Find out more about the one-take genius of his famous “Blues A Rama” instrumental, and the early influence Chuck Berry’s Chess sides had on the young guitarist. Go inside memorable performances alongside Tom Waits and Herb Ellis. Robillard also shares unique insights into his terrific new album, Low Down and Tore Up …
“WHAT’S WRONG,” (LOW DOWN AND TORE UP, 2011): A deep cut from New Orleans R&B artist James “Sugar Boy” Crawford, this humorous tale of personal misfortune — performed in that classic Chess Records stop-time style — was originally issued on Checker Uniss and credited to Sugar Boy and the Cane Cutters in 1954. Already a favorite of Robillard’s live shows, it has a crackling live feel on the new album.
Robillard: Almost all of the vocals and all the instruments were done live, other than one extra guitar. That really makes a difference in the way it feels. I used to be more of a perfectionist, but I’ve learned that live stuff — whether the people know it or not — has this energy that you pick up on. I think that’s very important to music. I heard Sugar Boy a little bit later; that wasn’t at the beginning of my period of listening to the blues. Within five or 10 years, though, I got into him. There were mistakes on all of that old stuff. But the joy of the music is what matters. When things are recorded live like that, without sophisticated recording techniques, then everything meshes into the whole sound.
“TRAIN TO TEXAS,” with Herb Ellis (MORE CONVERSATIONS IN SWING GUITAR, 2003): There was an age difference – Herb Ellis was born in 1921, Robillard in 1948 – as well as genres to mesh in this meeting of the minds. But Robillard had been there before, having appeared over the years alongside jazzers like Count Basie, Jay McShann and Eddie “Cleanhead” Vinson, among others. In fact, Robillard and Ellis established such a fast friendship that 1999’s Conversations in Swing Guitar became the first of a series of collaborations, including this follow up.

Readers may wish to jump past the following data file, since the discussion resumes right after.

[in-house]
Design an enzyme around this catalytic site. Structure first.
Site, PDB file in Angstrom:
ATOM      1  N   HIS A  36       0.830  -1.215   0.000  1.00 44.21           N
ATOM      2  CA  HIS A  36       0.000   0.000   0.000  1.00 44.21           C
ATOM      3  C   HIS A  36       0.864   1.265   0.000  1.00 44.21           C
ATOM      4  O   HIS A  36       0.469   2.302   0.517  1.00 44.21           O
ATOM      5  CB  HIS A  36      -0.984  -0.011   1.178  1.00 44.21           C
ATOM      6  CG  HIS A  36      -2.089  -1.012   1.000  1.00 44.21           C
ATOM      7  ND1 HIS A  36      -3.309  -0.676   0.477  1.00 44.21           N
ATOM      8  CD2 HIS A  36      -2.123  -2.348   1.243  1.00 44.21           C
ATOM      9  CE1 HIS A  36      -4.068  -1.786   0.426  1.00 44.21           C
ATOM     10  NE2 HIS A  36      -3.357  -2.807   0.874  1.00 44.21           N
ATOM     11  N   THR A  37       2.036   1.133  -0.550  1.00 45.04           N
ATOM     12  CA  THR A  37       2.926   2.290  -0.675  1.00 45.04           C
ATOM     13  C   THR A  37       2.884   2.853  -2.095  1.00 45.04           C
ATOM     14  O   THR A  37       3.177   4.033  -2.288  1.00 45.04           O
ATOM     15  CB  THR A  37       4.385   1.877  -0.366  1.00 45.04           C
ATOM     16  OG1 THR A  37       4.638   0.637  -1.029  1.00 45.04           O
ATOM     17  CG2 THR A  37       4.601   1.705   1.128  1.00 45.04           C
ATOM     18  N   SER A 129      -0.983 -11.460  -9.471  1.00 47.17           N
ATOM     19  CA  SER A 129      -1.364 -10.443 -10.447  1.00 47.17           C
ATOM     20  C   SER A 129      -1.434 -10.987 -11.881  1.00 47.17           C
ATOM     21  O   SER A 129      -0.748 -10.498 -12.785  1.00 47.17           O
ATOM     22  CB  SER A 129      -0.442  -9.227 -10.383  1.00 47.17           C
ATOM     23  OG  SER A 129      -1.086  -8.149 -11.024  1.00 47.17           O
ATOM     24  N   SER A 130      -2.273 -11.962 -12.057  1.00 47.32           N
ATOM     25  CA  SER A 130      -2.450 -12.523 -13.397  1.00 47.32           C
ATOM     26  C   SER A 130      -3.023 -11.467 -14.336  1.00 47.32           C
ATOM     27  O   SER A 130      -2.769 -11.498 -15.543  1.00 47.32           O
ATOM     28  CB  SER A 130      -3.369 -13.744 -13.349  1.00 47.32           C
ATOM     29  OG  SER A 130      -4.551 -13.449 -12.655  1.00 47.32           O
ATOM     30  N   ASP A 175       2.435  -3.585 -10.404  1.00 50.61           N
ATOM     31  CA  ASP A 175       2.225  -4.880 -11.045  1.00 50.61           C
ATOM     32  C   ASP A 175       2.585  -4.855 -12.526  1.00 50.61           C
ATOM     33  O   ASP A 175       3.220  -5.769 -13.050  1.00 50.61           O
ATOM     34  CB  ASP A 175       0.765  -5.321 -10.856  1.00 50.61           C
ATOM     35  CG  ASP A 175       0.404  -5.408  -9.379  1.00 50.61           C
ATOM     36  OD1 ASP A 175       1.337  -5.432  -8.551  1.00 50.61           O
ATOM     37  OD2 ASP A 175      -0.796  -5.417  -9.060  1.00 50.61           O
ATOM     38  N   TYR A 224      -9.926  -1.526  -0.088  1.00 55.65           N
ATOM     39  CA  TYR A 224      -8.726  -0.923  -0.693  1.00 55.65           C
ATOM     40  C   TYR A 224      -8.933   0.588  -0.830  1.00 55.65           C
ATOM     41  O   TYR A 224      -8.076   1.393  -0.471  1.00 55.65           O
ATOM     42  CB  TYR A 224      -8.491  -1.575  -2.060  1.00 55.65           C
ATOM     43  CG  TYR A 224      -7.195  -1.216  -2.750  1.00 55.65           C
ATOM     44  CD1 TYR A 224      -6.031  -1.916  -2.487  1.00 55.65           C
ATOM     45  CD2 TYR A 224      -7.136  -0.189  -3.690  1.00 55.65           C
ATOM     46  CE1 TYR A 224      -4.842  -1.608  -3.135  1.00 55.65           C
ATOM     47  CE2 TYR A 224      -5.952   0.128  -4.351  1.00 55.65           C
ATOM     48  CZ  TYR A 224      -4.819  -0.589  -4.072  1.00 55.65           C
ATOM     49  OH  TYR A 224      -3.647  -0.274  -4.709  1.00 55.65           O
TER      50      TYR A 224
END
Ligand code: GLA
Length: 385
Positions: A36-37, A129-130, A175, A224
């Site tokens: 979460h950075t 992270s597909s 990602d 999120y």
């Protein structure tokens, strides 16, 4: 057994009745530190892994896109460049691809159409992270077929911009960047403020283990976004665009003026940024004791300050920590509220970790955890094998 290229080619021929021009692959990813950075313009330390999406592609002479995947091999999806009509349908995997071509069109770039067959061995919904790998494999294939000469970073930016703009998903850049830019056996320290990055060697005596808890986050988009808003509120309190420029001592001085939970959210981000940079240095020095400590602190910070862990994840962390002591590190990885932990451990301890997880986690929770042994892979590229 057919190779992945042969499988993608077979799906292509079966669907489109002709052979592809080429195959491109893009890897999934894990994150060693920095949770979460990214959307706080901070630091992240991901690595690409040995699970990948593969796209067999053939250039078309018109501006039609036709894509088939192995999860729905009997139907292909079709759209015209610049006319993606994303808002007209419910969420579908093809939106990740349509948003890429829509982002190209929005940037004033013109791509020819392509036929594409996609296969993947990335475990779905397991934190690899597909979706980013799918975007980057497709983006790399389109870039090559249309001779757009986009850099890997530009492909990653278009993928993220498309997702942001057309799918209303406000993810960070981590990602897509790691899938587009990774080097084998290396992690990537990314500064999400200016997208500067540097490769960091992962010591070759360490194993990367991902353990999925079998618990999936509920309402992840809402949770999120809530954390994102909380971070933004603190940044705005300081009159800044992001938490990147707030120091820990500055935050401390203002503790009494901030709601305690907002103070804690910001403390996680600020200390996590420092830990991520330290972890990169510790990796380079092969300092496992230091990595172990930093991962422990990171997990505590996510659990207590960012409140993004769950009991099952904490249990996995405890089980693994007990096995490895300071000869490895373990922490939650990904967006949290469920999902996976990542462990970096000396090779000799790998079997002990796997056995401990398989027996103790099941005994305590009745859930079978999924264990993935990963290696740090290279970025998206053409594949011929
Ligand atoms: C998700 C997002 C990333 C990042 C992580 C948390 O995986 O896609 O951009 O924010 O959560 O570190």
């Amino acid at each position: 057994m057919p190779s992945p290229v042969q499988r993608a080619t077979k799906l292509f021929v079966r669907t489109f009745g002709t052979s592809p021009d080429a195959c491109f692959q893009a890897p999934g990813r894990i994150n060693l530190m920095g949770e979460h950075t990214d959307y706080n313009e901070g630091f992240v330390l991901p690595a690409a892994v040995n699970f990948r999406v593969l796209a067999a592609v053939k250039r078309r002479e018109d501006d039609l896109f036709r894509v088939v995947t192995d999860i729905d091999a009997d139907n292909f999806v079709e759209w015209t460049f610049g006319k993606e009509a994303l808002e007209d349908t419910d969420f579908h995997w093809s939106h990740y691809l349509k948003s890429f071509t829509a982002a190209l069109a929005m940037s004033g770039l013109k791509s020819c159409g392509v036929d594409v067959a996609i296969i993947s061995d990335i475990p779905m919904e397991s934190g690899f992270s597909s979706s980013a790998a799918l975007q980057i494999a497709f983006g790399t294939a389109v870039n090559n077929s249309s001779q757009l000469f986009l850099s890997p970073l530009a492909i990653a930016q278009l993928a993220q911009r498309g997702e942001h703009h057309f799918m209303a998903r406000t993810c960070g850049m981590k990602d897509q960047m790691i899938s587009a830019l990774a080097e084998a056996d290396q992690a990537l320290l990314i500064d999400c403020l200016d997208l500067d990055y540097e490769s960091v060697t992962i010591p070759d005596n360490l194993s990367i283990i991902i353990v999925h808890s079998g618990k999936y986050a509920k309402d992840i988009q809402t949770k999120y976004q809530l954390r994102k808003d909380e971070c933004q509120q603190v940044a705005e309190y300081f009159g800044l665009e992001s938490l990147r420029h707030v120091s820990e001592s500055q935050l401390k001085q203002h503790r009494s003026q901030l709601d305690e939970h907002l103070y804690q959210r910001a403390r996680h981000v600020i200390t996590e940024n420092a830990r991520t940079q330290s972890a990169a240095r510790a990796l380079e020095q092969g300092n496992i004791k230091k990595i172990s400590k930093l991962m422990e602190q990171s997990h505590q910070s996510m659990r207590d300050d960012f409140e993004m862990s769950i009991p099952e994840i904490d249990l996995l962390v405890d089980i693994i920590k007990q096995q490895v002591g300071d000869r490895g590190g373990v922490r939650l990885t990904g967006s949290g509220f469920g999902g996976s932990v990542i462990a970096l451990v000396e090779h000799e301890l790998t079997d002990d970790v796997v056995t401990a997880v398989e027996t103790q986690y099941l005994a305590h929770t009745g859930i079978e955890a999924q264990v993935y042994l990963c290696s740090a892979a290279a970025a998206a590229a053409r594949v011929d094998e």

Robillard: When I made the first album, the original idea was to do one or two songs with a lot of my favorite guitarists — people who were influential to me. I wanted to get Les Paul, Kenny Burrell, Herb Ellis and then some of the more contemporary players like Jimmy Vaughan. But we started having a lot of trouble, as we went through management, getting people to allow their artists to do it. Except for Herb Ellis. The guy who was helping him as a manager knew of me, and told Herb: ‘This will be good. You’ll have a good time.’ We went into the studio to record two songs, and we ended up recording all of these things. It just clicked immediately.
“IT’S MY OWN BUSINESS,” with the Pleasure Kings (ROCKIN’ BLUES, 1988): This Chuck Berry song was originally featured on 1966’s Fresh Berrys for Chess Records, and included Paul Butterfield and Mike Bloomfield. Reformulated by Robillard more than two decades later, “It’s My Own Business” became a highlight of this late-1980s smaller-scale blues trio release, featuring Thomas Enright on bass and Tom DeQuattro on drums — and another example of the importance of Berry’s work in Robillard’s music.